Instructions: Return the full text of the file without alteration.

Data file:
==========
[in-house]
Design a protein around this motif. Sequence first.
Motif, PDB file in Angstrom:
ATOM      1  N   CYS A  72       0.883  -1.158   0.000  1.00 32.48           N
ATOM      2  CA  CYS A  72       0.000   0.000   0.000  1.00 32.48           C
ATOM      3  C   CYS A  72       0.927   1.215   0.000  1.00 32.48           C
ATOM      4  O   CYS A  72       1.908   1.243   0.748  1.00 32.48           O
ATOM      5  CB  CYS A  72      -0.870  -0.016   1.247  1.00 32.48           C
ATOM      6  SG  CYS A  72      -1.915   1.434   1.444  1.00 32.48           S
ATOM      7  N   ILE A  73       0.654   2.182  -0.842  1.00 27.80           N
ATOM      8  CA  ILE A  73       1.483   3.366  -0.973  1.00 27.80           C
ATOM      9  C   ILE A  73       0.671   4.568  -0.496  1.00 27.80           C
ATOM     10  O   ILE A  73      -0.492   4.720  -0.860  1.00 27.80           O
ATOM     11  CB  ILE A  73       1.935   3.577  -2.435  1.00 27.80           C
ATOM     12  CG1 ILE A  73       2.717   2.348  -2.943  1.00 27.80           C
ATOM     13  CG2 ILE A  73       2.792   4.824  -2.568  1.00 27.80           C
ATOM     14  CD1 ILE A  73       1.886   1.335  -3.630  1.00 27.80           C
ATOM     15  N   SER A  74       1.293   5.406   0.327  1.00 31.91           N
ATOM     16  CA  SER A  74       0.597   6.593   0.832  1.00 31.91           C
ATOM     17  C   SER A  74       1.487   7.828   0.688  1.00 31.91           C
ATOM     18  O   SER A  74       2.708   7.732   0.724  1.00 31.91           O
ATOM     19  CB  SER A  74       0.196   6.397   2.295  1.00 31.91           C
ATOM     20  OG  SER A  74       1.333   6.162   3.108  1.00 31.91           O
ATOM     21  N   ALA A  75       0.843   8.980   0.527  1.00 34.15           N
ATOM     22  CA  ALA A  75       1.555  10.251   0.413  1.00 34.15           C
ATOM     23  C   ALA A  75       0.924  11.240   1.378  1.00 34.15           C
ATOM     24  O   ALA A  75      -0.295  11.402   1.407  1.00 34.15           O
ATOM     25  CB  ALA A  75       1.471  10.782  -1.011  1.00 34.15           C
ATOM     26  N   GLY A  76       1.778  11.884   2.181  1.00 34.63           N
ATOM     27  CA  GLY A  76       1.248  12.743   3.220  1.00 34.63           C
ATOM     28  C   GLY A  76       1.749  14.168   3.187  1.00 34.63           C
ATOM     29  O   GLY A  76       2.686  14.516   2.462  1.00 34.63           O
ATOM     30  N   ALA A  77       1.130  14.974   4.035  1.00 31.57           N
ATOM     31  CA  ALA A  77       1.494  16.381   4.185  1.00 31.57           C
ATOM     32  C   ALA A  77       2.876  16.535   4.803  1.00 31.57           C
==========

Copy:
[in-house]
Design a protein around this motif. Sequence first.
Motif, PDB file in Angstrom:
ATOM      1  N   CYS A  72       0.883  -1.158   0.000  1.00 32.48           N
ATOM      2  CA  CYS A  72       0.000   0.000   0.000  1.00 32.48           C
ATOM      3  C   CYS A  72       0.927   1.215   0.000  1.00 32.48           C
ATOM      4  O   CYS A  72       1.908   1.243   0.748  1.00 32.48           O
ATOM      5  CB  CYS A  72      -0.870  -0.016   1.247  1.00 32.48           C
ATOM      6  SG  CYS A  72      -1.915   1.434   1.444  1.00 32.48           S
ATOM      7  N   ILE A  73       0.654   2.182  -0.842  1.00 27.80           N
ATOM      8  CA  ILE A  73       1.483   3.366  -0.973  1.00 27.80           C
ATOM      9  C   ILE A  73       0.671   4.568  -0.496  1.00 27.80           C
ATOM     10  O   ILE A  73      -0.492   4.720  -0.860  1.00 27.80           O
ATOM     11  CB  ILE A  73       1.935   3.577  -2.435  1.00 27.80           C
ATOM     12  CG1 ILE A  73       2.717   2.348  -2.943  1.00 27.80           C
ATOM     13  CG2 ILE A  73       2.792   4.824  -2.568  1.00 27.80           C
ATOM     14  CD1 ILE A  73       1.886   1.335  -3.630  1.00 27.80           C
ATOM     15  N   SER A  74       1.293   5.406   0.327  1.00 31.91           N
ATOM     16  CA  SER A  74       0.597   6.593   0.832  1.00 31.91           C
ATOM     17  C   SER A  74       1.487   7.828   0.688  1.00 31.91           C
ATOM     18  O   SER A  74       2.708   7.732   0.724  1.00 31.91           O
ATOM     19  CB  SER A  74       0.196   6.397   2.295  1.00 31.91           C
ATOM     20  OG  SER A  74       1.333   6.162   3.108  1.00 31.91           O
ATOM     21  N   ALA A  75       0.843   8.980   0.527  1.00 34.15           N
ATOM     22  CA  ALA A  75       1.555  10.251   0.413  1.00 34.15           C
ATOM     23  C   ALA A  75       0.924  11.240   1.378  1.00 34.15           C
ATOM     24  O   ALA A  75      -0.295  11.402   1.407  1.00 34.15           O
ATOM     25  CB  ALA A  75       1.471  10.782  -1.011  1.00 34.15           C
ATOM     26  N   GLY A  76       1.778  11.884   2.181  1.00 34.63           N
ATOM     27  CA  GLY A  76       1.248  12.743   3.220  1.00 34.63           C
ATOM     28  C   GLY A  76       1.749  14.168   3.187  1.00 34.63           C
ATOM     29  O   GLY A  76       2.686  14.516   2.462  1.00 34.63           O
ATOM     30  N   ALA A  77       1.130  14.974   4.035  1.00 31.57           N
ATOM     31  CA  ALA A  77       1.494  16.381   4.185  1.00 31.57           C
ATOM     32  C   ALA A  77       2.876  16.535   4.803  1.00 31.57           C